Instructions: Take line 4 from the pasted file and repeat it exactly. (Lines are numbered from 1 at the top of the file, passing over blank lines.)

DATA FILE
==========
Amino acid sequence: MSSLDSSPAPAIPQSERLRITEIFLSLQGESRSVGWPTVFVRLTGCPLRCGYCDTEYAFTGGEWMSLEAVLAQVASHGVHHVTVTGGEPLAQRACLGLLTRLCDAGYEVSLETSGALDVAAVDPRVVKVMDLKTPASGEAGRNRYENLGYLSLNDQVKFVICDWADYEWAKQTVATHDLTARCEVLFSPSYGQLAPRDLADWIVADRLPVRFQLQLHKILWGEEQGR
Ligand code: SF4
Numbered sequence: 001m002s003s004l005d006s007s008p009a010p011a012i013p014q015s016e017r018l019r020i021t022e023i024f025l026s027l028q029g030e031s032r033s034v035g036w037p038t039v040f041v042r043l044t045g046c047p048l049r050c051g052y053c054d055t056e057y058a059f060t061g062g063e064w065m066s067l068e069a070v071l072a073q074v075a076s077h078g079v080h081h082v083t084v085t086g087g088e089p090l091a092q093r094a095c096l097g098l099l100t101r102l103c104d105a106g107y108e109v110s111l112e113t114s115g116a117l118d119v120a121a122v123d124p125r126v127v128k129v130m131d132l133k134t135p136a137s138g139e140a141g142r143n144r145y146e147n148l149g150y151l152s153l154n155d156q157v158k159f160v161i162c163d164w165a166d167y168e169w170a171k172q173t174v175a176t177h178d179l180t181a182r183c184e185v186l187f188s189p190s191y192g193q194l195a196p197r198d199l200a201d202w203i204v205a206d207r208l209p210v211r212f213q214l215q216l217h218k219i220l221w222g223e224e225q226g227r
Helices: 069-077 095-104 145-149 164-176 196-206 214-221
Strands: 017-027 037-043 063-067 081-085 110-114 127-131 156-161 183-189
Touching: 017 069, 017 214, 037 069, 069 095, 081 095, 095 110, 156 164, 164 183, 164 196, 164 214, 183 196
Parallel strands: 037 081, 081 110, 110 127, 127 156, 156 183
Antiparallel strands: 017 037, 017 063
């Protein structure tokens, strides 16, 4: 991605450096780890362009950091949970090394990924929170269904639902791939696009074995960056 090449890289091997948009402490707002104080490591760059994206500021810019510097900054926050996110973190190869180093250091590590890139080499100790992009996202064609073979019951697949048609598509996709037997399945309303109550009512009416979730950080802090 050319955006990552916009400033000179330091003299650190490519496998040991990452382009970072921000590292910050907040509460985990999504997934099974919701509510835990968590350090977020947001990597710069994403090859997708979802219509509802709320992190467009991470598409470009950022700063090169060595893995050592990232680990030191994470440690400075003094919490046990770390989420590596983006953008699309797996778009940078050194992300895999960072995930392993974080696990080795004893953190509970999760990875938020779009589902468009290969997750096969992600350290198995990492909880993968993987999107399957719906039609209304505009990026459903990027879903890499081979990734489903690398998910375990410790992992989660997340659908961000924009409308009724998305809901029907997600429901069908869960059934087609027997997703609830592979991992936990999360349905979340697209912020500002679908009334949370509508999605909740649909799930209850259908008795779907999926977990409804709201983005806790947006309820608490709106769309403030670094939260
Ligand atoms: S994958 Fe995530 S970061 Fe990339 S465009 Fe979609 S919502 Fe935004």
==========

Helices: 069-077 095-104 145-149 164-176 196-206 214-221